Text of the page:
THE LITTLE MATCH GIRL (CASTLE FILMS,1954)- Hans Christian Anderson’s 1845 story was shot as a live action French short in 1952,that Castle Films re-dubbed and sold on 16mm as well as to television syndication. While many of us think of a the Danish story teller as making lively children’s stories, a lot of his tales are damn depressing ! The Brave Tin Soldier has the title character melted with his ballerina love, the Little Mermaid in its original incarnation had the title character wanting to murder the Prince to get his blood , and then there is this ,the most depressing and saddest of all his stories.

A little barefoot Match Girl is forced into the cold by her (unseen) father to sell her wares. Hungry and cold, she lights her matches for warmth to no avail.As she dies, she sees a vision of the Virgin Mary (in the original story, it is her grandmother who greats her )who floats her off to Heaven. Actually, Anderson was ,like his contemporary Charles Dickens ,was pointing out the inequities of the poor and wanted to show how we neglect our fellow humans.

THE LITTLE LAMB: A CHRISTMAS STORY (Castle Films/United World 1955) is a live action film where a mother (Maureen O’Sullivan), after having her brood of five children say their prayers, tells them a story of a lost lamb and the Nativity. Morris Ankum, known mostly for playing generals and judges, here plays Azur The Shepherd. Not so much strange as a straightforward Christian tale.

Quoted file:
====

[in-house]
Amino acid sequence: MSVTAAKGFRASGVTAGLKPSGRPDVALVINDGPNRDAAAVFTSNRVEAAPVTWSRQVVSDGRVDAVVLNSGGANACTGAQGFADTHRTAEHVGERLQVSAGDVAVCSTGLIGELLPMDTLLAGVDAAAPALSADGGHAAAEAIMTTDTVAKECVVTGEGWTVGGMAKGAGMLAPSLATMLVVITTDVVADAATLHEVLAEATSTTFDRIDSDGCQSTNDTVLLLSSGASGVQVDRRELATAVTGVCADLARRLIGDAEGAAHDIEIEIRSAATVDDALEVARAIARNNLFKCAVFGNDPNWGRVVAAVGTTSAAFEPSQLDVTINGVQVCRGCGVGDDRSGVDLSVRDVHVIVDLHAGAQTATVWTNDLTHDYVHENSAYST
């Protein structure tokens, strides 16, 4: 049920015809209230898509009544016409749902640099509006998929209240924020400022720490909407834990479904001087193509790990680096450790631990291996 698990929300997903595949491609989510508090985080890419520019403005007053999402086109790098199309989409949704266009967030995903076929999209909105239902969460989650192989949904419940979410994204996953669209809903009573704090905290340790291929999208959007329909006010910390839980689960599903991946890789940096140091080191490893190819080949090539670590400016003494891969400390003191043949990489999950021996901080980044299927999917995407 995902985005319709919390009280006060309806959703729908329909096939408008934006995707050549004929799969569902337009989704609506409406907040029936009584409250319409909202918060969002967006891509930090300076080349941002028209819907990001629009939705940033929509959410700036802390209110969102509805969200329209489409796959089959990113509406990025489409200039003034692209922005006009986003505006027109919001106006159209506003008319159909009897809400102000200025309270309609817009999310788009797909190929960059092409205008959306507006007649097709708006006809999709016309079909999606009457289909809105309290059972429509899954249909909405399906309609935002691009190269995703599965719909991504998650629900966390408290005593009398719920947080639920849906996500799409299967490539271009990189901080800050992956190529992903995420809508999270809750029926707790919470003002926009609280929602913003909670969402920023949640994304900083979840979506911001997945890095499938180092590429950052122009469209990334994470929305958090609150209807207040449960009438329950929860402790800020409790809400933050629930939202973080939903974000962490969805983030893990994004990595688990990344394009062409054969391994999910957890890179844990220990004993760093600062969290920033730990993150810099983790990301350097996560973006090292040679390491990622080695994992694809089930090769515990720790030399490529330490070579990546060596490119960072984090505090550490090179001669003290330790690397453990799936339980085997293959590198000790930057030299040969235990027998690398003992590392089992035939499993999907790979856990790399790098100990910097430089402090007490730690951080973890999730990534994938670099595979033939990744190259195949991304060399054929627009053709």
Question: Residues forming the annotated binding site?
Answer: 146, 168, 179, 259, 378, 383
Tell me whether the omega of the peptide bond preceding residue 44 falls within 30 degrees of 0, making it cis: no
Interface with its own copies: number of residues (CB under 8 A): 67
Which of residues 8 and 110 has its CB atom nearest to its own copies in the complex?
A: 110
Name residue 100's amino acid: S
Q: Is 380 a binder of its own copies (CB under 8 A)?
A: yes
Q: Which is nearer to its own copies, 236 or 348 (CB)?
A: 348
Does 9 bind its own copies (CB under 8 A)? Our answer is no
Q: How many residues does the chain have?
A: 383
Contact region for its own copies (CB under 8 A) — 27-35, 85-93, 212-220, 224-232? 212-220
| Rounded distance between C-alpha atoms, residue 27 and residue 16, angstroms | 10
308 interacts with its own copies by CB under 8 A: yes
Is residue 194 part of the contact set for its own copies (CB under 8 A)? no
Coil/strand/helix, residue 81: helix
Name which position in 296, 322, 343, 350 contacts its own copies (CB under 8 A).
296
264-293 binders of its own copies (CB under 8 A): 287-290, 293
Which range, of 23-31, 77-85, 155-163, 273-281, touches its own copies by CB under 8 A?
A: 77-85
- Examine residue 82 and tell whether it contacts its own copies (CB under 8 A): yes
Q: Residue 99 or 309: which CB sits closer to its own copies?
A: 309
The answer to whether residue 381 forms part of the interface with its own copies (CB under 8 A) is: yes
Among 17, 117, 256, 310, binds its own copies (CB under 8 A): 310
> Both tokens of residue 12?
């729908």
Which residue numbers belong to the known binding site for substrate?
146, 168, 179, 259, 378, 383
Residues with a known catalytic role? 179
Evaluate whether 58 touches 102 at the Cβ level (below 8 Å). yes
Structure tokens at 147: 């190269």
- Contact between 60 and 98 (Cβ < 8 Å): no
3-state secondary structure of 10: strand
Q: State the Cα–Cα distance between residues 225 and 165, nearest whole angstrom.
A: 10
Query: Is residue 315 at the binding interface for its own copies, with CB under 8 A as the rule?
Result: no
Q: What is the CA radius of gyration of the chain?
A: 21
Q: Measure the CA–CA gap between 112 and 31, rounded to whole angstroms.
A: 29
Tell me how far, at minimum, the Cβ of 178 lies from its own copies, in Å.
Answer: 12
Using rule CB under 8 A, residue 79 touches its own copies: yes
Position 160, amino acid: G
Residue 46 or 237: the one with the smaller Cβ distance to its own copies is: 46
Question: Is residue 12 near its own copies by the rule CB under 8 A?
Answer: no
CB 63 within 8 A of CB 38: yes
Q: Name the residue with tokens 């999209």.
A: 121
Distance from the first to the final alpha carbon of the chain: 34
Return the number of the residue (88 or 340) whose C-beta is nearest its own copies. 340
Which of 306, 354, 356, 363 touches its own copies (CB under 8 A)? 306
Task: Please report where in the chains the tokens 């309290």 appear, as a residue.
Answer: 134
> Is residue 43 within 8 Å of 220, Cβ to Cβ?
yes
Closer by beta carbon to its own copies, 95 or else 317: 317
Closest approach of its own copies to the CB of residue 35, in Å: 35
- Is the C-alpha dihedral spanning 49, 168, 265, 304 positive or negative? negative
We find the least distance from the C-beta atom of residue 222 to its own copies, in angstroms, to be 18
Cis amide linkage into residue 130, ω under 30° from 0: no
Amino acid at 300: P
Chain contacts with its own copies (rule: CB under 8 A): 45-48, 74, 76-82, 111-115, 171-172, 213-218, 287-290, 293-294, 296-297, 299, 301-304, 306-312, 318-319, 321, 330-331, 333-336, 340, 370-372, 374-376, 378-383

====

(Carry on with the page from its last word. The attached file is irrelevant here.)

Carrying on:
CHRISTMAS FAIRY TALE (1961), seems to be a Canadian made film about a little girl who looks at a book and suddenly it dissolves to barely moving clockwork mechanisms. In fact, over 6 minutes of its nearly ten-minute running time is footage is of a revolving diorama with non-moving figures that have a narrator filling in the story!hqdefault

If you want another interesting animated stocking stuffer ,check out also the just released                                                                                 LOST COLD-WAR PROPAGANDA CARTOONS-Color –                                                                       http://www.oldies.com/product-view/7874D.html

 

Kevin G Shinnick

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     (Go Home,Santa, you’re drunk !)

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1940s, 1950s, Blu Ray, CLASSIC, Classic Hollywood, cult, fantasy, OLIVE FILMS, Orson Welles, Shakespeare, Uncategorized

Orson Welles MACBETH(Olive Films Blu Ray)

coverMACBETH (1948/1950 Republic)-Olive Films Blu Ray release date November 15,2016- $39.95
Runtime: 107 (1948), 85 (1950) minutes B&W. First screening Venice Film Festival September 3,1948. USA release October 1,1948. December 27,1950 (re-edited version release NYC).

http://www.olivefilms.com/films/macbeth-%E2%80%93-olive-signature-blu-ray/

Orson Welles’ Shakespearean films were labors of love that were often created against time constraints, budget problems, and often, negative press and indifference audience responses. They were often forgotten, or, at best, footnotes when people referenced his other studio masterpieces.

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 (art by J.S. Rossbach )